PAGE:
Your Guide to Mastodon: What Is It, and How Is It Different From Twitter?

Twitter has been in a lot of trouble since Elon Musk took over as CEO — about half of the staff was laid off at the end of October, and new features like gray checkmarks for trusted sources have been released just to be pulled off the site later the same day. Musk has too sparred with founder Jack Dorsey and the company threatened to pull ads from Twitter with “thermonuclear name and shame.”

because official purchase of our musk of Twitter closed on October 28 for $ 44 billion, many users have decided to leave the site. Sentinel botsan organization that tracks the behavior of Twitter accounts, estimates that nearly 900,000 Twitter accounts were deactivated between October 27 and November 1. MIT Technology Review.

Some who left Twitter are moving to Mastodon, a decentralized social network built on open-source software. Mastodon’s “federated network” has seen a notable uptick – on November 6, Eugen Rochko, Mastodon’s creator, said the service has had 489,003 new users since October 27 and now has over a million active users. That’s still only a small fraction of Twitter’s 238 million.

Read on to see how Mastodon works, how to sign up, and how it compares to Twitter. For more details, see how to delete your twitter accountand get the latest Twitter verification badge plan.

What is Mastodon and how is it different from Twitter?

Mastodon is a free social media service that functions like Twitter. You can post “toots” (instead of tweets), follow other people and organizations, and favorite (like) and boost (retweet) posts from other people.

Mastodon was created and first released in October 2016 by Eugen Rochko, CEO and sole employee of the non-profit organization Mastodon gGmbH. In May, Rochko explained the service’s strange replacement for “tweets”. He said the original button was called “spread,” but a committed supporter promised lifetime support of the Mastodon Patreon account if he would change it to “toot.” (In the iOS and Android app it says “spread.”)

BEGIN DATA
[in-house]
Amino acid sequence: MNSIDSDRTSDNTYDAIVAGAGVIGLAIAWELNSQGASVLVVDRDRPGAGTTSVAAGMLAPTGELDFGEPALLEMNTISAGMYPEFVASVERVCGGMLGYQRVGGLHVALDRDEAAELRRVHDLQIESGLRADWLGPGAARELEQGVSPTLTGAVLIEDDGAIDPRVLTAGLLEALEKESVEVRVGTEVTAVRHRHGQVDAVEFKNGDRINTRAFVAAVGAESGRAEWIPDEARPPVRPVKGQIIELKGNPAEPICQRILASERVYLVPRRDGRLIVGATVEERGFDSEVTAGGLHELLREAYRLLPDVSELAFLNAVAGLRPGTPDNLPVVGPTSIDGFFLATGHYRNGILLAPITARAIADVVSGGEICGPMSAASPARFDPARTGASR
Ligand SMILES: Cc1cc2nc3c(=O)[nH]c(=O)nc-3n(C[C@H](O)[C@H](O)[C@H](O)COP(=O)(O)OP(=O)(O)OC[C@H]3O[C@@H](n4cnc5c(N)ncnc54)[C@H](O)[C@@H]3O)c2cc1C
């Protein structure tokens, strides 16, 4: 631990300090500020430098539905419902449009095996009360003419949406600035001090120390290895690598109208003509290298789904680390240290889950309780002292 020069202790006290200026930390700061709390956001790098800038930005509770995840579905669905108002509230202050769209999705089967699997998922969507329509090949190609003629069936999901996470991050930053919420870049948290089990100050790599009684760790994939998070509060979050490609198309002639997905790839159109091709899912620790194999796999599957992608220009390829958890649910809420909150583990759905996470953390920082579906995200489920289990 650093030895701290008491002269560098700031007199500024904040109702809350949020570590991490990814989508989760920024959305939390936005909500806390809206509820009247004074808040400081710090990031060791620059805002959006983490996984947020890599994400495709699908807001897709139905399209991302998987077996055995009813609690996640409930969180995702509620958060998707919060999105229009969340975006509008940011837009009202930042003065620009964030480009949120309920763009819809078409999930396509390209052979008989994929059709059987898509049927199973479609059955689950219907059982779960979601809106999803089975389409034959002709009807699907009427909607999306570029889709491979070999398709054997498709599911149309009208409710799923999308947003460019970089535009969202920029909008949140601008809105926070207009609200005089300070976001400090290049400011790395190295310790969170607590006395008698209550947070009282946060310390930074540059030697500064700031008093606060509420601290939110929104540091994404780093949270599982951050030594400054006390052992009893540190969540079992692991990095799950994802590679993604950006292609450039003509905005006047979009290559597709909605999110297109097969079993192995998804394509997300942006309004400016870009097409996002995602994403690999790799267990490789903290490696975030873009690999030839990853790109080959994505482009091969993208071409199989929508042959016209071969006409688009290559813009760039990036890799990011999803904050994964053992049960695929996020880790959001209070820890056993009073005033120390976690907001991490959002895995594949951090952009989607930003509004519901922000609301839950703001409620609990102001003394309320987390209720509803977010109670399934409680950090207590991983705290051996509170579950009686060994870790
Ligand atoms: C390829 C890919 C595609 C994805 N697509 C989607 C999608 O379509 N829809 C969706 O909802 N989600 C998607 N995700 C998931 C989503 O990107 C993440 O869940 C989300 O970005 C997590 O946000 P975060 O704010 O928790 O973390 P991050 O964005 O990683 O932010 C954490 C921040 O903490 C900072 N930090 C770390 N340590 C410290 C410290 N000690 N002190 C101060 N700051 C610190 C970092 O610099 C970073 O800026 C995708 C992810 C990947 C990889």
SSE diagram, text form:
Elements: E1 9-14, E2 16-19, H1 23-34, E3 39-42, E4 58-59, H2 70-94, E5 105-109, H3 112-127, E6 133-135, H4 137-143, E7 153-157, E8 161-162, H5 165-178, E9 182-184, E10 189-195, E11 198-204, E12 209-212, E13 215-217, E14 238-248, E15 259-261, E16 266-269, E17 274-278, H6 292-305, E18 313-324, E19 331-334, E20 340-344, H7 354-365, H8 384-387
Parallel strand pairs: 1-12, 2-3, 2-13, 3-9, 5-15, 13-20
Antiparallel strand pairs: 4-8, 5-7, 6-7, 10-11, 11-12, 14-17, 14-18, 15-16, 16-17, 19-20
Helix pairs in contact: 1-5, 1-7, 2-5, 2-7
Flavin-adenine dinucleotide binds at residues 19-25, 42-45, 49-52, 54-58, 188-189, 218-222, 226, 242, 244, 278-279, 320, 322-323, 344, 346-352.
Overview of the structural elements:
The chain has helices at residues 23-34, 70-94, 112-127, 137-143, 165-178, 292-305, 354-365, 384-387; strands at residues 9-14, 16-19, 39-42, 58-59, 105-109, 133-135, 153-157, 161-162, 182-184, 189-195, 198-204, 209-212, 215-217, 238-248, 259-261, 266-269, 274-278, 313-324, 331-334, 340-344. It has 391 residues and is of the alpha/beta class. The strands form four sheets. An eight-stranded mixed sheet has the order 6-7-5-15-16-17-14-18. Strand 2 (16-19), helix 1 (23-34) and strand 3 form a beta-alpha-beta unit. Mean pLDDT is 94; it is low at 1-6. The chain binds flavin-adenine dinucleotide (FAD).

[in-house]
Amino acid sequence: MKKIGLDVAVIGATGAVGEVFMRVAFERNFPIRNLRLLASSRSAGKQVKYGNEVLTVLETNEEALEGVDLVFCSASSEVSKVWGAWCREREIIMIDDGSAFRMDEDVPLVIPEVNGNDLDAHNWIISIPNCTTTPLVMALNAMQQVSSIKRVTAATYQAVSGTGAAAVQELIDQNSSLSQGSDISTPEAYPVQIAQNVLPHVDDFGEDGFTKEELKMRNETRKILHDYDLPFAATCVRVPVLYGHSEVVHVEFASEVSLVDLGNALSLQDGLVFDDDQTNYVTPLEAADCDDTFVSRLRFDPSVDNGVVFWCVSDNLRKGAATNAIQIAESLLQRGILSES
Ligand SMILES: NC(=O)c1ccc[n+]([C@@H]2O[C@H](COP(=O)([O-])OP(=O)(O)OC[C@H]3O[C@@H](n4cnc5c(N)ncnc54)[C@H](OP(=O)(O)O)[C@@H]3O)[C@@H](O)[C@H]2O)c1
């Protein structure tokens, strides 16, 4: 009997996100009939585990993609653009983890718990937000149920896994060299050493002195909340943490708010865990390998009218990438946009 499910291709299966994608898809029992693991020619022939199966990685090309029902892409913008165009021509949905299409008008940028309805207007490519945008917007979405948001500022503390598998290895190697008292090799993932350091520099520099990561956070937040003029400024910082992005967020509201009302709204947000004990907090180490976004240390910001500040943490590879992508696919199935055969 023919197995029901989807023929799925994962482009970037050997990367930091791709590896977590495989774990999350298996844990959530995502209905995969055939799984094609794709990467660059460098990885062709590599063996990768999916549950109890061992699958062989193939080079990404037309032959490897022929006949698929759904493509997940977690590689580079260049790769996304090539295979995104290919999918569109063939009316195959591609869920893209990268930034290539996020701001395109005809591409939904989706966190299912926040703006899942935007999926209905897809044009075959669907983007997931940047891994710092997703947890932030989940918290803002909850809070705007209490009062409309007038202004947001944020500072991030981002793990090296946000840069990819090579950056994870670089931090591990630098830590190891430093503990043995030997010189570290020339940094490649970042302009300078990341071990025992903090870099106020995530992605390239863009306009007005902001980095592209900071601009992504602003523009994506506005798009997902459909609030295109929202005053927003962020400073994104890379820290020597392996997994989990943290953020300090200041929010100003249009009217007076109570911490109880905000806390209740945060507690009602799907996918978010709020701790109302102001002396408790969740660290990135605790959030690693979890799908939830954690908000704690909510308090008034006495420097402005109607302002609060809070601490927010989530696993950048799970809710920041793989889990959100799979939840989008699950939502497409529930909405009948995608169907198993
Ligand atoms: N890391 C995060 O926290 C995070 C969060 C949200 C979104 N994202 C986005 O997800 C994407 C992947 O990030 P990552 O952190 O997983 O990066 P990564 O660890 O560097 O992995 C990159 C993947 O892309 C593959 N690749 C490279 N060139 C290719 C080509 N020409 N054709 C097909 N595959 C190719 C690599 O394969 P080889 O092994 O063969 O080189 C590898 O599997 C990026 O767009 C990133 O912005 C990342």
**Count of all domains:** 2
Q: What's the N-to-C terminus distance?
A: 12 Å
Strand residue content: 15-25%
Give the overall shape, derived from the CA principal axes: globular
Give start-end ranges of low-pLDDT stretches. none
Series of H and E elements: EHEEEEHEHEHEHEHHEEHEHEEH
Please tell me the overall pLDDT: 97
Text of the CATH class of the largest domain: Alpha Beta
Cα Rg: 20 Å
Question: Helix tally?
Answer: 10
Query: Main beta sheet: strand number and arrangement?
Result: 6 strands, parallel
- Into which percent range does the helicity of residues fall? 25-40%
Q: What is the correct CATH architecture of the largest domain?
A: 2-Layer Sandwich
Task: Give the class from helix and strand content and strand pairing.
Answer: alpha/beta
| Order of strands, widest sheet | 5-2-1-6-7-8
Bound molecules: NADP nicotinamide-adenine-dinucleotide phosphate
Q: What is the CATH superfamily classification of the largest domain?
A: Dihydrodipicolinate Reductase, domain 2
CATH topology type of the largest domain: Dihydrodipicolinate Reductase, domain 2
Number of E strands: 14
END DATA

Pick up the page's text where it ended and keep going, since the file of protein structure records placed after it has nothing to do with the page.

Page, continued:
In one interview with Time MagazineRochko said he started developing Mastodon when he realized that “being able to express myself online to my friends through short messages is really very important to me, important to the world, and that maybe it shouldn’t be in the hands of a single person. A company that can only do anything desired.”

Read more: Mastodon Doesn’t Replace Twitter

Instead of one town square for everyone, however, Mastodon is made up of thousands of social networks, all running on different servers, or “instances,” that can communicate with each other through a system called February. The Fediverse also contains other social networks like PeerTube for video, Funk whale for music, PixelFed for photos and NextCloud for files.

Mastodon servers are not required to connect to Fediverse, In fact, the most famous example of Mastodon is Social Truthformer US president Donald Trump’s social network.

How do I join Mastodon?

The hardest part of Mastodon is getting started. Since there is no one public Mastodon area for everyone — as with Twitter — you will have to register on a special Mastodon server.

Servers can be based on geographic location, subject interest, professional background or literally anything an administrator can think of. For example, folks in dolphin. city Is only allowed to post the letter “E,” while literary buffs in oulipo.social Is forbidden than ever using the letter “E” (in honor of OuLiPo writer Georges Perec’s lipogram “The loss“).

Two of the biggest Mastodon servers, aka instances, are mastodon. social — the official server of the Mastodon project — and mstdn. social, although both have been temporarily paused registrations. Another big public server that I recently joined is mas.ka. Other popular Mastodon examples include masthead. social for journalists and fosstodon.org for open-source software.

Don’t worry too much about which server you choose — you can join as many as you want and leave or switch servers at any time. And you can follow people on the server, so choosing one does not prevent you from communicating with people on other instances.

A good place to find a server to join is the official Mastodon website joinmastodon.org. The site currently lists 106 servers that have been committed to Mastodon Server covenantan agreement to implement moderation, make backup site and give at least three months warning before shutting down an example.

Each server’s “about” page will tell you a little about the Mastodon instance and a list of server rules. If you can’t find the server you want on joinmastodon.org, you can try other Mastodon directories, such as social institutionswhich offers a wizard for picking servers as well as a sortable list from 3,910 agencies.